As brokers urge IRA rollovers, ex-workers ditch their low-fee federal retirement plan.....John Turner suspected that brokers were encouraging federal workers to ditch their top-flight retirement plan. So he went undercover. The former Labor Department economist called representatives at companies such as Bank of America, Charles Schwab and Wells Fargo. He identified himself as a potential client grappling with what to do with his own nest egg.Turner thought he knew the answer: Leave it alone. As a legacy of his government service, he kept his money in the Thrift Savings Plan, considered the gold standard of 401(k)-type programs for its rock-bottom fees. Yet all but one company told him to roll over all his money into individual retirement accounts. On average, stock funds charge almost 50 times what the government plan does.“It’s a scandal,” said Turner, director of the Pension Policy Center in Washington. “They are trying to sell me an IRA clearly not in my interest. It’s in their interest. They want to get the fees.”</snip>Link: http://www.washingtonpost.com/business/as-brokers-urge-ira-r...--BigBunk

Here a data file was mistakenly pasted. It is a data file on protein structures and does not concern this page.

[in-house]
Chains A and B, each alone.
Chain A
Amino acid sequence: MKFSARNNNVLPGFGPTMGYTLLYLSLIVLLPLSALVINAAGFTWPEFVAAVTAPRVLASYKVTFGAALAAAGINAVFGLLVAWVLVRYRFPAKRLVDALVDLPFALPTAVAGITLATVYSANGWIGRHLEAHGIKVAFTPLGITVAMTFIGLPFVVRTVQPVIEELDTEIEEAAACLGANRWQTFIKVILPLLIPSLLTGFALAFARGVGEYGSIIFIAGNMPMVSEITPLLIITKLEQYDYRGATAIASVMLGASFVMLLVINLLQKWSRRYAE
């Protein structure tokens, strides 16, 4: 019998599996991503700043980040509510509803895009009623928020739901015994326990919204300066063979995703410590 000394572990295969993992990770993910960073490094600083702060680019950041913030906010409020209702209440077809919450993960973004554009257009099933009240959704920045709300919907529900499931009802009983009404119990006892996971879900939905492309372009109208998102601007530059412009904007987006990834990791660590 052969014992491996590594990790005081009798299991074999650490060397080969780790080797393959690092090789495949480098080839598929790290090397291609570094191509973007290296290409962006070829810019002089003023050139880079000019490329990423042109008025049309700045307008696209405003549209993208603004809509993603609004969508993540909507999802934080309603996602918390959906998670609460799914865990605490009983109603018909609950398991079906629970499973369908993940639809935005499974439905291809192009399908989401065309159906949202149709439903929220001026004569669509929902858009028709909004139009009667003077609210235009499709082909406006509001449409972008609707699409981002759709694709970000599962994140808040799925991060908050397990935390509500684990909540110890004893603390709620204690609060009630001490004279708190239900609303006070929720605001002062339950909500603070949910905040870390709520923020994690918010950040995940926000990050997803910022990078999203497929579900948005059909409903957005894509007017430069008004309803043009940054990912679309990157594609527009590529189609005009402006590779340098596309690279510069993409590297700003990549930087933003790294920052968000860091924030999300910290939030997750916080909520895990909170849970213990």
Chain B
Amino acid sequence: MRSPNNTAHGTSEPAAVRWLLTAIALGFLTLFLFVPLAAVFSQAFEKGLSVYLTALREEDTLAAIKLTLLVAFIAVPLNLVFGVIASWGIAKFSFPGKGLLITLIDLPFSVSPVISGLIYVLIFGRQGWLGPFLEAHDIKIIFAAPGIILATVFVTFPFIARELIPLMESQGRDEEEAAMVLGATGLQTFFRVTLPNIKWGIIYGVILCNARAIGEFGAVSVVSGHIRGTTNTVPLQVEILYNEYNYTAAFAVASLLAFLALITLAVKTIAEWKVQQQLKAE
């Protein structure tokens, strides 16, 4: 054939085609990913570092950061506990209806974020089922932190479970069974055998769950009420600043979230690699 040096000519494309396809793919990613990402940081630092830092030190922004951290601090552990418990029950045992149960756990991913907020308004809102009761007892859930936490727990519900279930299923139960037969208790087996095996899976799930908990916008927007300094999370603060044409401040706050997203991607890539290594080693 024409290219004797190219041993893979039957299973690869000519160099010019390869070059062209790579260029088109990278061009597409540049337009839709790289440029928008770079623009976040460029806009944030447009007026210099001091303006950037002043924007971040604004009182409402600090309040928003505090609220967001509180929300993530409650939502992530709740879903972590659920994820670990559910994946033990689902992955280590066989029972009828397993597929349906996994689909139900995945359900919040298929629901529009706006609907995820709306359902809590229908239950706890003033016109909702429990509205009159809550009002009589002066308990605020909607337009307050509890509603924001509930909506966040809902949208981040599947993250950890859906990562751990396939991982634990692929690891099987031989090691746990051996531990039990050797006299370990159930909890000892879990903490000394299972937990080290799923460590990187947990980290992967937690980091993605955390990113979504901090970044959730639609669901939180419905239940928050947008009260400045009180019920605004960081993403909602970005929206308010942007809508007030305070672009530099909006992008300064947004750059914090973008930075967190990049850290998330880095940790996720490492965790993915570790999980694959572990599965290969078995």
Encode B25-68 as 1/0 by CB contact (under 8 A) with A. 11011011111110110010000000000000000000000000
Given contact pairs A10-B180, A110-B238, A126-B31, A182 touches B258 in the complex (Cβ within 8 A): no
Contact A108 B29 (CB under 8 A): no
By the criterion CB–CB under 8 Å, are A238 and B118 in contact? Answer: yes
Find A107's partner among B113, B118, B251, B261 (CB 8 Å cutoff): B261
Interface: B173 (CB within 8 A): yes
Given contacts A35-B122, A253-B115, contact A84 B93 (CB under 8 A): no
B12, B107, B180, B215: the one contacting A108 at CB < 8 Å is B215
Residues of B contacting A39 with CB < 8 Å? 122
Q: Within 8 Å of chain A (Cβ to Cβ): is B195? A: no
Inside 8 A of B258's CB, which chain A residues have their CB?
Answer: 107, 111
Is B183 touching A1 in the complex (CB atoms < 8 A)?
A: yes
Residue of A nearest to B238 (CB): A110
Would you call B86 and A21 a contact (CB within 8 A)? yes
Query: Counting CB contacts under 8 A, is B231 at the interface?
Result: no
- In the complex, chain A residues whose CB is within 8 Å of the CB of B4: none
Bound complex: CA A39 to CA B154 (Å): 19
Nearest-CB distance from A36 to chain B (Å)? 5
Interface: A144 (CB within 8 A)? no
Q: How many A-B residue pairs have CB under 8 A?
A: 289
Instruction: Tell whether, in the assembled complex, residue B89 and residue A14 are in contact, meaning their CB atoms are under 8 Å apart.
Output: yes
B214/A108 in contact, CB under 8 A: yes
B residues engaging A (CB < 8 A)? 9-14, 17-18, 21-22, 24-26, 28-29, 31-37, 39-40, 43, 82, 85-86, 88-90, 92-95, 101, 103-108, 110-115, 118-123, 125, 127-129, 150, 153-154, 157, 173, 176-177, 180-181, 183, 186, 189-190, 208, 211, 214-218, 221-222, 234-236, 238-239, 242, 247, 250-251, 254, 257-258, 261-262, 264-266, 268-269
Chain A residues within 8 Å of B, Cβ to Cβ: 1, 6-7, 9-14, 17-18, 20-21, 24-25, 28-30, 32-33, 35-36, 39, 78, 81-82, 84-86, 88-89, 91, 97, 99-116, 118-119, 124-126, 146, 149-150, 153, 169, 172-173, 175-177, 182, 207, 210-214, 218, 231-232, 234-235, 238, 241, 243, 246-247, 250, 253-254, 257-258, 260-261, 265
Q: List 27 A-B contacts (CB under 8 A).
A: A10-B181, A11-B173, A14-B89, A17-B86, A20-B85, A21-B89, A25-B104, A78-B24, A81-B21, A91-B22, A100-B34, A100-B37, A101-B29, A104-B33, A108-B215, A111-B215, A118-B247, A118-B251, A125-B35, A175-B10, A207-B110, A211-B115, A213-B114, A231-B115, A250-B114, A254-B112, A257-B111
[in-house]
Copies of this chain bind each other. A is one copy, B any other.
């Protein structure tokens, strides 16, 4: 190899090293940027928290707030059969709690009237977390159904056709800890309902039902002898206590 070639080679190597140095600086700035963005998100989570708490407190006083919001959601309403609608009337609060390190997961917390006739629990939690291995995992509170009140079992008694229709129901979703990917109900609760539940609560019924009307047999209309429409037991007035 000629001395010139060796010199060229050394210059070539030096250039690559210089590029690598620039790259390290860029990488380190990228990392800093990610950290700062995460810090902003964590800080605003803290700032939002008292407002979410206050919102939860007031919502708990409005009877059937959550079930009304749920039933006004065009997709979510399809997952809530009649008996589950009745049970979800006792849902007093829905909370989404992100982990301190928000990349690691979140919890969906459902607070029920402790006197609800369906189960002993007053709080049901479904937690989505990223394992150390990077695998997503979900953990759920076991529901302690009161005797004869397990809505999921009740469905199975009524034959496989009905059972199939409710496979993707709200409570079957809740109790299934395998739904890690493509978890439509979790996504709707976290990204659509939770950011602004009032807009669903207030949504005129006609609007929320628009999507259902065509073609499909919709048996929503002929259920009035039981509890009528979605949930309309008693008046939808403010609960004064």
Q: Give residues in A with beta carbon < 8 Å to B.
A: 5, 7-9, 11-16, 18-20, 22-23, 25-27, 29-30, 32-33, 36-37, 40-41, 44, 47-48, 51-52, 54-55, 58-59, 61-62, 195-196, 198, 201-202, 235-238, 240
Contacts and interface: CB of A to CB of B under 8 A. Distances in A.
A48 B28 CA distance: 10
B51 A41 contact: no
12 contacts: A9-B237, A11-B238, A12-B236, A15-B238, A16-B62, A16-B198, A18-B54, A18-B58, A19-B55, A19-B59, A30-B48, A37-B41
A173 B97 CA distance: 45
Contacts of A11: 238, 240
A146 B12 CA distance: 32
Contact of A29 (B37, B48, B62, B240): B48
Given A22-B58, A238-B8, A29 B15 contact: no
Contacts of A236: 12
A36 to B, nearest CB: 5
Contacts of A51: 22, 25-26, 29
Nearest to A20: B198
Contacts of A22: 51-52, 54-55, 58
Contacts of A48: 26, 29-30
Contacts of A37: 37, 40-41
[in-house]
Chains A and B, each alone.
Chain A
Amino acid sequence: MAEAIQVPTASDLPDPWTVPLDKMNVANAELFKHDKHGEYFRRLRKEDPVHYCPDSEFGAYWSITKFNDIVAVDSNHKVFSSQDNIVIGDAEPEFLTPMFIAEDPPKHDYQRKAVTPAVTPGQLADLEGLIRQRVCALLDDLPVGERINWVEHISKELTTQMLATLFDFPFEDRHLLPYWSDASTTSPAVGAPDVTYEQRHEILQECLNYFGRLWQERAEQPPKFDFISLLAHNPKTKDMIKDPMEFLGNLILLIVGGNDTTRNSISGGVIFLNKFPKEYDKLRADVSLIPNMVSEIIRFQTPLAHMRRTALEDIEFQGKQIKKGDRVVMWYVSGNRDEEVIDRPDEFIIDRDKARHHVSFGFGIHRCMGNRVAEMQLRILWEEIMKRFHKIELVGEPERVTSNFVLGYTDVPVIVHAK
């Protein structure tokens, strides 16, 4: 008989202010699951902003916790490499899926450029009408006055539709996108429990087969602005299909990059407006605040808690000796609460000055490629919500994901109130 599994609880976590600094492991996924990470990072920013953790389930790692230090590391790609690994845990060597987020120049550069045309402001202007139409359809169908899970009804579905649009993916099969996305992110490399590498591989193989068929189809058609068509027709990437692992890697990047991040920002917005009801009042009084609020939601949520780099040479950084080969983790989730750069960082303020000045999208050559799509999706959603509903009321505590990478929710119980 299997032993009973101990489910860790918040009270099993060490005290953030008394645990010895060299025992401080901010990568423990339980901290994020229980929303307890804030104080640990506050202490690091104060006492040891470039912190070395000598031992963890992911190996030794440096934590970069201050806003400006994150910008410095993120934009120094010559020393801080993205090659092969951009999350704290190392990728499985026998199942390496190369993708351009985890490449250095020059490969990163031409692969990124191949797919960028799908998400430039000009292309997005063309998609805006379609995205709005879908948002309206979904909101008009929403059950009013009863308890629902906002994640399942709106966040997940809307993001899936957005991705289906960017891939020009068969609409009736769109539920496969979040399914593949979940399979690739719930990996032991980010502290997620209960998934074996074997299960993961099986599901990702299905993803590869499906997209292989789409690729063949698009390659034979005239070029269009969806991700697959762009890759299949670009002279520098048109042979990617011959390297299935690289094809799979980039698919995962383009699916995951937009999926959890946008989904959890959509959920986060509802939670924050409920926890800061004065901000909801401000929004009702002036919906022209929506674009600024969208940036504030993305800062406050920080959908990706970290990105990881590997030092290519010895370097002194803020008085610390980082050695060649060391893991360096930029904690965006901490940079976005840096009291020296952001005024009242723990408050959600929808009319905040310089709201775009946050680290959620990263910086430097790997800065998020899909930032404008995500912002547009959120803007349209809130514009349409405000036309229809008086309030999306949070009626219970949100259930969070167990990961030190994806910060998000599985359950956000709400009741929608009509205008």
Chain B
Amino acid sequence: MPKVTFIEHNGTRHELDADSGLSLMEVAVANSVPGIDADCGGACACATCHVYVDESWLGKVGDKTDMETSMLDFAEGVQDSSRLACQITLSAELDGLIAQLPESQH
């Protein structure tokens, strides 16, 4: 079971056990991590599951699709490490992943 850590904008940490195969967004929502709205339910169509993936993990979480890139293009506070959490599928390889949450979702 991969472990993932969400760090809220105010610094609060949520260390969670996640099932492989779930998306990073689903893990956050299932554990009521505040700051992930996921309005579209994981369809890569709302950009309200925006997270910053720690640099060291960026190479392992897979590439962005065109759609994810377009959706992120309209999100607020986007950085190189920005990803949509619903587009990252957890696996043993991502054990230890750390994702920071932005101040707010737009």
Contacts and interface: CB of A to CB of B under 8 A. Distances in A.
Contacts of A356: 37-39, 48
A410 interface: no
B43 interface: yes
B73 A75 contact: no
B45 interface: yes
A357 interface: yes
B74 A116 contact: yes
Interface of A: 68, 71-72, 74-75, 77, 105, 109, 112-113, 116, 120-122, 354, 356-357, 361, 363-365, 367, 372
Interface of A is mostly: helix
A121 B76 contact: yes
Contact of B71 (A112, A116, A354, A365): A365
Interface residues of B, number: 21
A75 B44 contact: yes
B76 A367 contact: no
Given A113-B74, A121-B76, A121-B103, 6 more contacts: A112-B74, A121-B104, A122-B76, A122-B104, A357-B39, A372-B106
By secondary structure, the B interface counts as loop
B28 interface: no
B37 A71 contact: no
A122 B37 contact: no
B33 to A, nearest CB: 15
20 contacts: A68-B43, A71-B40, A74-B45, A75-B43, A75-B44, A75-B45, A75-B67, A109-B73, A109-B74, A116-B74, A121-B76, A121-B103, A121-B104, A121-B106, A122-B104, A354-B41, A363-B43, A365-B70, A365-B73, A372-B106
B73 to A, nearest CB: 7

“It’s a scandal,” said Turner, director of the Pension Policy Center in Washington. “They are trying to sell me an IRA clearly not in my interest. It’s in their interest. They want to get the fees.”Well, maybe.For real financial planners who charge by the hour for their services, there is really no reason to transfer the retirement savings to an IRA, assuming the TSP owner is seeking financial planning help, unless there's some pressing need for diversification into REITs, MLPs, utilities, etc...although for Federal Retirees, I'd be hard pressed to understand why, as the G, F, C, S, & I funds provide pretty good diversification.But if a financial plan, with all of its parts, are needed...and most new retirees would benefit from such service...this is going to have to be paid for, and it is reasonable for some to use a % of Assets Under Management to pay for such services. I'm not sure if an advisor can be listed on a TSP account, but I doubt it. So if one wished to retain a financial planner and pay them as a % of AUM, they would likely have to roll over the TSP to an IRA. But this would be part of an overall plan, not something done in isolation.BruceM
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